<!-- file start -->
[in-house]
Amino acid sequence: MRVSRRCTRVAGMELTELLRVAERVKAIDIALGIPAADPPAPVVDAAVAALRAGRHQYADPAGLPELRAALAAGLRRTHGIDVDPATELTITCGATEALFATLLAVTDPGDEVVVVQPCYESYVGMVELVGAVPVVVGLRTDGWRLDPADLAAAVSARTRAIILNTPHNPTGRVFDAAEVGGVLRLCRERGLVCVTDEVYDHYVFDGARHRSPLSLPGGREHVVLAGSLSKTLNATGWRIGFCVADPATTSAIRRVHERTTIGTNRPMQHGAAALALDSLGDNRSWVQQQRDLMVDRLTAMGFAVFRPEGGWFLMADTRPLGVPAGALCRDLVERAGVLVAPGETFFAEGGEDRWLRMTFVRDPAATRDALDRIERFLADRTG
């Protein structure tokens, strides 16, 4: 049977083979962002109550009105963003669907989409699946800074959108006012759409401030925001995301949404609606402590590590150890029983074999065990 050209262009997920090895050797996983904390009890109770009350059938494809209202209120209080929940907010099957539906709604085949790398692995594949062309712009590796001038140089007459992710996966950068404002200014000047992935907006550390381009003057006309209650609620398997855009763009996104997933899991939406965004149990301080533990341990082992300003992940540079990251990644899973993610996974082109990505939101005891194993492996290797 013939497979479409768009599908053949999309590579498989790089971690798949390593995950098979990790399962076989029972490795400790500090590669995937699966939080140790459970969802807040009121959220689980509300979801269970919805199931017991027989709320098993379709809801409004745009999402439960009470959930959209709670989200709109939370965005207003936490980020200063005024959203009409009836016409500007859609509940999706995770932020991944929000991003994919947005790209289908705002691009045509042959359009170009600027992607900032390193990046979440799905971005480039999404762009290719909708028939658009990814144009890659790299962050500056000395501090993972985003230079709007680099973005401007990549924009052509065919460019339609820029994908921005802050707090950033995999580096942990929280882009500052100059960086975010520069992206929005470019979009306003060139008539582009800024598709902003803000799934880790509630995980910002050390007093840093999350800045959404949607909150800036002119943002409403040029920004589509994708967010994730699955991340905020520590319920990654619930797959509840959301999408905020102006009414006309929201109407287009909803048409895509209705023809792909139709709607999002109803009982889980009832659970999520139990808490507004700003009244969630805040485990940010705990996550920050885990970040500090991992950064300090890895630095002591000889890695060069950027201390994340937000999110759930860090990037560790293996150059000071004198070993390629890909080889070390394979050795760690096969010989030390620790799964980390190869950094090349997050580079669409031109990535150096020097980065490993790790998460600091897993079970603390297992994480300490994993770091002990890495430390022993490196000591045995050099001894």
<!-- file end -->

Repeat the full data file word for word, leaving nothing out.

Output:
[in-house]
Amino acid sequence: MRVSRRCTRVAGMELTELLRVAERVKAIDIALGIPAADPPAPVVDAAVAALRAGRHQYADPAGLPELRAALAAGLRRTHGIDVDPATELTITCGATEALFATLLAVTDPGDEVVVVQPCYESYVGMVELVGAVPVVVGLRTDGWRLDPADLAAAVSARTRAIILNTPHNPTGRVFDAAEVGGVLRLCRERGLVCVTDEVYDHYVFDGARHRSPLSLPGGREHVVLAGSLSKTLNATGWRIGFCVADPATTSAIRRVHERTTIGTNRPMQHGAAALALDSLGDNRSWVQQQRDLMVDRLTAMGFAVFRPEGGWFLMADTRPLGVPAGALCRDLVERAGVLVAPGETFFAEGGEDRWLRMTFVRDPAATRDALDRIERFLADRTG
């Protein structure tokens, strides 16, 4: 049977083979962002109550009105963003669907989409699946800074959108006012759409401030925001995301949404609606402590590590150890029983074999065990 050209262009997920090895050797996983904390009890109770009350059938494809209202209120209080929940907010099957539906709604085949790398692995594949062309712009590796001038140089007459992710996966950068404002200014000047992935907006550390381009003057006309209650609620398997855009763009996104997933899991939406965004149990301080533990341990082992300003992940540079990251990644899973993610996974082109990505939101005891194993492996290797 013939497979479409768009599908053949999309590579498989790089971690798949390593995950098979990790399962076989029972490795400790500090590669995937699966939080140790459970969802807040009121959220689980509300979801269970919805199931017991027989709320098993379709809801409004745009999402439960009470959930959209709670989200709109939370965005207003936490980020200063005024959203009409009836016409500007859609509940999706995770932020991944929000991003994919947005790209289908705002691009045509042959359009170009600027992607900032390193990046979440799905971005480039999404762009290719909708028939658009990814144009890659790299962050500056000395501090993972985003230079709007680099973005401007990549924009052509065919460019339609820029994908921005802050707090950033995999580096942990929280882009500052100059960086975010520069992206929005470019979009306003060139008539582009800024598709902003803000799934880790509630995980910002050390007093840093999350800045959404949607909150800036002119943002409403040029920004589509994708967010994730699955991340905020520590319920990654619930797959509840959301999408905020102006009414006309929201109407287009909803048409895509209705023809792909139709709607999002109803009982889980009832659970999520139990808490507004700003009244969630805040485990940010705990996550920050885990970040500090991992950064300090890895630095002591000889890695060069950027201390994340937000999110759930860090990037560790293996150059000071004198070993390629890909080889070390394979050795760690096969010989030390620790799964980390190869950094090349997050580079669409031109990535150096020097980065490993790790998460600091897993079970603390297992994480300490994993770091002990890495430390022993490196000591045995050099001894």